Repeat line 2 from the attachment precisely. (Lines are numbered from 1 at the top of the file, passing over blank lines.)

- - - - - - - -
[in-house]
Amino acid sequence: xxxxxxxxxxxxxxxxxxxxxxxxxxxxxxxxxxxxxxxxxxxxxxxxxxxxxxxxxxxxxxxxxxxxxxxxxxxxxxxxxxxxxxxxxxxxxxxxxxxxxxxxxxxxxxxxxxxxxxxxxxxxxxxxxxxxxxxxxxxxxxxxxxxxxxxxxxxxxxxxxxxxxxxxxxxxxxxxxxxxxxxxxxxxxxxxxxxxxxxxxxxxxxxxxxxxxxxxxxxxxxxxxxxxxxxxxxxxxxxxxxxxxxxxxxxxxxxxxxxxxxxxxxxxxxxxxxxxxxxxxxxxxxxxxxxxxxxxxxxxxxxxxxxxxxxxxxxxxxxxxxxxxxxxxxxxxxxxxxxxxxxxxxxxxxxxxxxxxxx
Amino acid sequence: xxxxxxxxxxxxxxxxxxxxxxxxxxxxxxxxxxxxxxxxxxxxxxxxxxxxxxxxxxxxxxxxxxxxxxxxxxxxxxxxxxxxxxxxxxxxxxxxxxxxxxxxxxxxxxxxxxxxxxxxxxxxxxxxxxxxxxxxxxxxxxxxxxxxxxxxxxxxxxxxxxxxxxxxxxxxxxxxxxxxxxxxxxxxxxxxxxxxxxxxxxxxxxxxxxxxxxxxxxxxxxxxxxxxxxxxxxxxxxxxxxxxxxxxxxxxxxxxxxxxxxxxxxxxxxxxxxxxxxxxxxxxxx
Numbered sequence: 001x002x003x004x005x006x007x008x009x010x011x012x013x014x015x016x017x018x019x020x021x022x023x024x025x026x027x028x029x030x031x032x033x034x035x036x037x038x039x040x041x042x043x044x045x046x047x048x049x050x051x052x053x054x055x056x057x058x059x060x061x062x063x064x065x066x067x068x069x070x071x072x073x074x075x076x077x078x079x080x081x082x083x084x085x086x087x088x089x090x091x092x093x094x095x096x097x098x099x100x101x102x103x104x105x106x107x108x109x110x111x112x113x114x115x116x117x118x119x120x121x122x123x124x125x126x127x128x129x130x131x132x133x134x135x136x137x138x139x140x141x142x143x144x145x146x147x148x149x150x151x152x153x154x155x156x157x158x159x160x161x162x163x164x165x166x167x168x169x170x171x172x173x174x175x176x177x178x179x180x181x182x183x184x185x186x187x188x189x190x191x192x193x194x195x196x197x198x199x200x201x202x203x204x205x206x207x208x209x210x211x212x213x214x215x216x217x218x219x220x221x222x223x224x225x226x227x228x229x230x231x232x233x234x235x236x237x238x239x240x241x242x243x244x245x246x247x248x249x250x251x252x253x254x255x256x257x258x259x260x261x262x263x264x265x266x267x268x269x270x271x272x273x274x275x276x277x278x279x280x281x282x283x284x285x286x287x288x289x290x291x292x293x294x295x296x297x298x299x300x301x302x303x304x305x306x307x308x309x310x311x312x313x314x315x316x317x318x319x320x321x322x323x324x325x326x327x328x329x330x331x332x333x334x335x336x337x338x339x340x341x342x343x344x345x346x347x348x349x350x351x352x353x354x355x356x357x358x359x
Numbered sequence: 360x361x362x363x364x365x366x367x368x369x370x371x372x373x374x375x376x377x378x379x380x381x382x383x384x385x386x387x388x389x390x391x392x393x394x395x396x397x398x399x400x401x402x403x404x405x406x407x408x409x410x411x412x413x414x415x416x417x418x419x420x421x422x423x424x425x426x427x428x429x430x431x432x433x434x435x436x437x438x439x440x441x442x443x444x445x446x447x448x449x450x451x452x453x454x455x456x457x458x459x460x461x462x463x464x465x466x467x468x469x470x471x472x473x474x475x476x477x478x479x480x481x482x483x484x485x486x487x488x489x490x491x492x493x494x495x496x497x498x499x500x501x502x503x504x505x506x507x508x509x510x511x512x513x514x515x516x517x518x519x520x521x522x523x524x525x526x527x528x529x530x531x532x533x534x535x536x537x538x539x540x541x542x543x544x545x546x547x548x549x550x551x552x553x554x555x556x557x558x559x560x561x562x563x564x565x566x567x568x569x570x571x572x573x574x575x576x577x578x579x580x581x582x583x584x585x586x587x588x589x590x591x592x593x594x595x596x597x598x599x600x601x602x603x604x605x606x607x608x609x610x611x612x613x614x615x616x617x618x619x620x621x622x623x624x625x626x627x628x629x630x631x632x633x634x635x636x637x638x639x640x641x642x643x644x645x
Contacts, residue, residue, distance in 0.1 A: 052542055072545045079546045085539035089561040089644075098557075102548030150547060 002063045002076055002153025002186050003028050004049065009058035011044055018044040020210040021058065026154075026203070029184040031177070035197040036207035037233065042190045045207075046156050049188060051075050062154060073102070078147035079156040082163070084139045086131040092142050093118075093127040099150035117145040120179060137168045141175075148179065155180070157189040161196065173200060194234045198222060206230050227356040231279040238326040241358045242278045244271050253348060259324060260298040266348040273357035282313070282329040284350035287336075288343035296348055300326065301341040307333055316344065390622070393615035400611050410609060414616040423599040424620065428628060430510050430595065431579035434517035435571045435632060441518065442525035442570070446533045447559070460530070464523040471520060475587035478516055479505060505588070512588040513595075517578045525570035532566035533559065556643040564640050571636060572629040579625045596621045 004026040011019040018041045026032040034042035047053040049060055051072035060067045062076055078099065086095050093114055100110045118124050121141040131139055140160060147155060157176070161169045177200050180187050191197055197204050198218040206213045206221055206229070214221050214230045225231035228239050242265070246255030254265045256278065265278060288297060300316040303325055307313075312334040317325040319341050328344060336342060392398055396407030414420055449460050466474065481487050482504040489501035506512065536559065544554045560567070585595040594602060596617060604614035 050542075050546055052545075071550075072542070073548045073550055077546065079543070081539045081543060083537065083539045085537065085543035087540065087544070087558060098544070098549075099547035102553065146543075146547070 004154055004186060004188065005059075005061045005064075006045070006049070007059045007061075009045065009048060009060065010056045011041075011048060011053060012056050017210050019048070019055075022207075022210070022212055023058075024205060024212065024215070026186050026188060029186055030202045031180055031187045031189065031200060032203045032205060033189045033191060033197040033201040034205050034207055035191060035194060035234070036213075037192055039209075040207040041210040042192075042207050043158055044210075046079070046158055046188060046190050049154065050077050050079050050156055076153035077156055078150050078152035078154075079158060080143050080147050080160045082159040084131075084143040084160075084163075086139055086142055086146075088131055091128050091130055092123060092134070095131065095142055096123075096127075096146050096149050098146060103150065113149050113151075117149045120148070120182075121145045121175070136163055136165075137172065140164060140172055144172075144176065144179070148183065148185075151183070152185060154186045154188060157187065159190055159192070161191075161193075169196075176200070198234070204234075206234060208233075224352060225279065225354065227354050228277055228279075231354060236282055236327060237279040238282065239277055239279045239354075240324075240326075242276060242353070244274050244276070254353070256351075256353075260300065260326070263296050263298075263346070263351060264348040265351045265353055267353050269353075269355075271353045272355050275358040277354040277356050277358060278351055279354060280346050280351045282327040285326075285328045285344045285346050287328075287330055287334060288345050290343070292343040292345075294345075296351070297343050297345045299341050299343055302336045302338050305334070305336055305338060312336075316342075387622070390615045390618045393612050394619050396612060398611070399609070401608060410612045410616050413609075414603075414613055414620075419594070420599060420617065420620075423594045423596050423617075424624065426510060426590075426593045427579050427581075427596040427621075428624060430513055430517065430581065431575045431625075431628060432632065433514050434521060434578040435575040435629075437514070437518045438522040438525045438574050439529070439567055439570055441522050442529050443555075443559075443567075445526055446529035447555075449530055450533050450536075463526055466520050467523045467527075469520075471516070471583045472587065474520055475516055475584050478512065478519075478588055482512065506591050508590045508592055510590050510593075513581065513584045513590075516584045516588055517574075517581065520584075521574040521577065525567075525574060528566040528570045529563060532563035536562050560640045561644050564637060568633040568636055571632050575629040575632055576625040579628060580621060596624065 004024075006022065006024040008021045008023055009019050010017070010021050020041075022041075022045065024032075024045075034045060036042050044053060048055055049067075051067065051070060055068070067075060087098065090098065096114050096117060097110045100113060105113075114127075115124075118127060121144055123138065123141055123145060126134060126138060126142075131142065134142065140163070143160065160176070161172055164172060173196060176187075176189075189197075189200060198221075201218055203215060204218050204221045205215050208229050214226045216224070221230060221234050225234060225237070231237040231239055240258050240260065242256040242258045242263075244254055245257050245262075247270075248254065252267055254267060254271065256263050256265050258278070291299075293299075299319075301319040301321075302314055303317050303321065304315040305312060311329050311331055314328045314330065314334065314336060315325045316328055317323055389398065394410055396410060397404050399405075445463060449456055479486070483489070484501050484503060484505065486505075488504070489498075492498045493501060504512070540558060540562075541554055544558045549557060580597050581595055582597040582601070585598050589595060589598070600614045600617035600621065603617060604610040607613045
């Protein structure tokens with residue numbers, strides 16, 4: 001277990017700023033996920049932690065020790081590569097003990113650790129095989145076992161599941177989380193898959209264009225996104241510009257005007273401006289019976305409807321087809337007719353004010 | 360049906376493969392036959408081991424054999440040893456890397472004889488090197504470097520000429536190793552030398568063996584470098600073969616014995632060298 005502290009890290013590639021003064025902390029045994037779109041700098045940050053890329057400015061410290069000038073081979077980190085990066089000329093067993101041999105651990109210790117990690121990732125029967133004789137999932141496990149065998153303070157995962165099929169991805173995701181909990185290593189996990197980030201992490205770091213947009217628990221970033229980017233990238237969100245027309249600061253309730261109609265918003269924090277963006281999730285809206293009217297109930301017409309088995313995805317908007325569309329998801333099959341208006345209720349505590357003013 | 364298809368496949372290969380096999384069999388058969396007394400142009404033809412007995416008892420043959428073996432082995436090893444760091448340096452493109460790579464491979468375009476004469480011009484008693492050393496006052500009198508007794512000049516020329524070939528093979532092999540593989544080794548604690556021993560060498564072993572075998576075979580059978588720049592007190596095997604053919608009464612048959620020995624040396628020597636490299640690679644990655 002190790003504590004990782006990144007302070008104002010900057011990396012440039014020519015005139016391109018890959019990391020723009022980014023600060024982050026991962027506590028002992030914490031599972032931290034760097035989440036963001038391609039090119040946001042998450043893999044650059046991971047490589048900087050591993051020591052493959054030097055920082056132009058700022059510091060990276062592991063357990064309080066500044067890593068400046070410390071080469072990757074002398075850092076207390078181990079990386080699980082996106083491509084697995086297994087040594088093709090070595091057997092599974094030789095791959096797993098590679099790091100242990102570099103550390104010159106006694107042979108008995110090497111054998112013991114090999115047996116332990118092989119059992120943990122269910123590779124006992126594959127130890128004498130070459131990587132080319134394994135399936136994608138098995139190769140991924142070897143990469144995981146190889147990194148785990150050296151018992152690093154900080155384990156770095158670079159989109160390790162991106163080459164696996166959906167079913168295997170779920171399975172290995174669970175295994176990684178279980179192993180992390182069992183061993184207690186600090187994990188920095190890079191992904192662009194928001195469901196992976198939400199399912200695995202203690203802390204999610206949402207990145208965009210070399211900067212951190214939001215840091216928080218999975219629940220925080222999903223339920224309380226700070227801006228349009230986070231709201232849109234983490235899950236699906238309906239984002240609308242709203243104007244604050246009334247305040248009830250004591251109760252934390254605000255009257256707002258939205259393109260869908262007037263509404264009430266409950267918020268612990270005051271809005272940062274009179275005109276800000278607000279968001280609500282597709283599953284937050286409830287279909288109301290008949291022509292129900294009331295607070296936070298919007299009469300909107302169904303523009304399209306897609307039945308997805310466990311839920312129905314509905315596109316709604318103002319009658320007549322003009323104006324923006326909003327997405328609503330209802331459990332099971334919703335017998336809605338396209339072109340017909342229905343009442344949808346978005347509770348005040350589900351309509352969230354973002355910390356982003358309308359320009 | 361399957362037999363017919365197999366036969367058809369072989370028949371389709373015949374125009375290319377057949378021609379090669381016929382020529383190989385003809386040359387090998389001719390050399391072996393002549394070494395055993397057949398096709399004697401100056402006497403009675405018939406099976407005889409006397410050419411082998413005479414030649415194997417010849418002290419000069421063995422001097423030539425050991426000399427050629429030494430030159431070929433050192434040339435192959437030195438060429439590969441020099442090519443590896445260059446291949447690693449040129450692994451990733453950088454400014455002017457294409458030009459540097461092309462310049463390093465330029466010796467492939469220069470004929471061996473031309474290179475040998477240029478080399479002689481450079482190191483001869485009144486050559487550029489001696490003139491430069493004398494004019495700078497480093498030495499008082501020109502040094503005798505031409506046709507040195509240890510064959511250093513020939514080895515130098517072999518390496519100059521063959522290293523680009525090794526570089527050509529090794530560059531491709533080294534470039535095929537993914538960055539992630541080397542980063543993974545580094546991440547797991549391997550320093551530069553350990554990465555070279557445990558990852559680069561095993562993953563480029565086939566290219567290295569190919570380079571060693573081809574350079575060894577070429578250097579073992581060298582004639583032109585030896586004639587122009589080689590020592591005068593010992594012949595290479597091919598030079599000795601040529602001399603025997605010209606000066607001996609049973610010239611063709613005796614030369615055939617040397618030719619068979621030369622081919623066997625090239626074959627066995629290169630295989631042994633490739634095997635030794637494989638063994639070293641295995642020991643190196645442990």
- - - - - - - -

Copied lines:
Amino acid sequence: xxxxxxxxxxxxxxxxxxxxxxxxxxxxxxxxxxxxxxxxxxxxxxxxxxxxxxxxxxxxxxxxxxxxxxxxxxxxxxxxxxxxxxxxxxxxxxxxxxxxxxxxxxxxxxxxxxxxxxxxxxxxxxxxxxxxxxxxxxxxxxxxxxxxxxxxxxxxxxxxxxxxxxxxxxxxxxxxxxxxxxxxxxxxxxxxxxxxxxxxxxxxxxxxxxxxxxxxxxxxxxxxxxxxxxxxxxxxxxxxxxxxxxxxxxxxxxxxxxxxxxxxxxxxxxxxxxxxxxxxxxxxxxxxxxxxxxxxxxxxxxxxxxxxxxxxxxxxxxxxxxxxxxxxxxxxxxxxxxxxxxxxxxxxxxxxxxxxxxx